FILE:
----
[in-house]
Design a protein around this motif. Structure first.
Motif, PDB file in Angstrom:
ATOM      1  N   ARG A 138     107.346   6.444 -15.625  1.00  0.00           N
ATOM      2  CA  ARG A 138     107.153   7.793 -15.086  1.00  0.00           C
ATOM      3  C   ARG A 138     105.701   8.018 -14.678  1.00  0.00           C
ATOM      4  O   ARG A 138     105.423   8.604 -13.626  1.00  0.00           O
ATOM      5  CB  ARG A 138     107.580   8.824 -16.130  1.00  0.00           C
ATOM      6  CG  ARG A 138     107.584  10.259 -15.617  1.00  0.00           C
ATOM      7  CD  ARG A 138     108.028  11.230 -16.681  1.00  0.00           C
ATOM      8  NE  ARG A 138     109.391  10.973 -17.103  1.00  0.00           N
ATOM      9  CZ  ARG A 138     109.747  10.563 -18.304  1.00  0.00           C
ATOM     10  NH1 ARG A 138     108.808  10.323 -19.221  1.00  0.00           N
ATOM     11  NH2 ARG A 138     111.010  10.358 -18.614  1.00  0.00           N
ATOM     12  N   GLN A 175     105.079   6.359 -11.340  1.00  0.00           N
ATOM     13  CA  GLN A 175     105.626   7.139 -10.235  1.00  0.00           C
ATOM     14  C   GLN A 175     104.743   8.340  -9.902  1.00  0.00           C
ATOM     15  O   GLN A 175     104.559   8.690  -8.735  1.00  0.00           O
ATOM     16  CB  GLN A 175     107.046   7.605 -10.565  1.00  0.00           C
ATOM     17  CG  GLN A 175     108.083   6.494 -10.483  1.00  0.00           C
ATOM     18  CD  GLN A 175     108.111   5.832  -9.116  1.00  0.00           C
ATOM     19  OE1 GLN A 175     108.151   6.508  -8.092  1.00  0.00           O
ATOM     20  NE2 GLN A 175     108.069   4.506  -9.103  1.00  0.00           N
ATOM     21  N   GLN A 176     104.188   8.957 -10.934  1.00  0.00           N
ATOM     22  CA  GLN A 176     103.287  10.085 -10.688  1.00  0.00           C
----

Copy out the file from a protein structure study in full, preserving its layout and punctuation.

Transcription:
[in-house]
Design a protein around this motif. Structure first.
Motif, PDB file in Angstrom:
ATOM      1  N   ARG A 138     107.346   6.444 -15.625  1.00  0.00           N
ATOM      2  CA  ARG A 138     107.153   7.793 -15.086  1.00  0.00           C
ATOM      3  C   ARG A 138     105.701   8.018 -14.678  1.00  0.00           C
ATOM      4  O   ARG A 138     105.423   8.604 -13.626  1.00  0.00           O
ATOM      5  CB  ARG A 138     107.580   8.824 -16.130  1.00  0.00           C
ATOM      6  CG  ARG A 138     107.584  10.259 -15.617  1.00  0.00           C
ATOM      7  CD  ARG A 138     108.028  11.230 -16.681  1.00  0.00           C
ATOM      8  NE  ARG A 138     109.391  10.973 -17.103  1.00  0.00           N
ATOM      9  CZ  ARG A 138     109.747  10.563 -18.304  1.00  0.00           C
ATOM     10  NH1 ARG A 138     108.808  10.323 -19.221  1.00  0.00           N
ATOM     11  NH2 ARG A 138     111.010  10.358 -18.614  1.00  0.00           N
ATOM     12  N   GLN A 175     105.079   6.359 -11.340  1.00  0.00           N
ATOM     13  CA  GLN A 175     105.626   7.139 -10.235  1.00  0.00           C
ATOM     14  C   GLN A 175     104.743   8.340  -9.902  1.00  0.00           C
ATOM     15  O   GLN A 175     104.559   8.690  -8.735  1.00  0.00           O
ATOM     16  CB  GLN A 175     107.046   7.605 -10.565  1.00  0.00           C
ATOM     17  CG  GLN A 175     108.083   6.494 -10.483  1.00  0.00           C
ATOM     18  CD  GLN A 175     108.111   5.832  -9.116  1.00  0.00           C
ATOM     19  OE1 GLN A 175     108.151   6.508  -8.092  1.00  0.00           O
ATOM     20  NE2 GLN A 175     108.069   4.506  -9.103  1.00  0.00           N
ATOM     21  N   GLN A 176     104.188   8.957 -10.934  1.00  0.00           N
ATOM     22  CA  GLN A 176     103.287  10.085 -10.688  1.00  0.00           C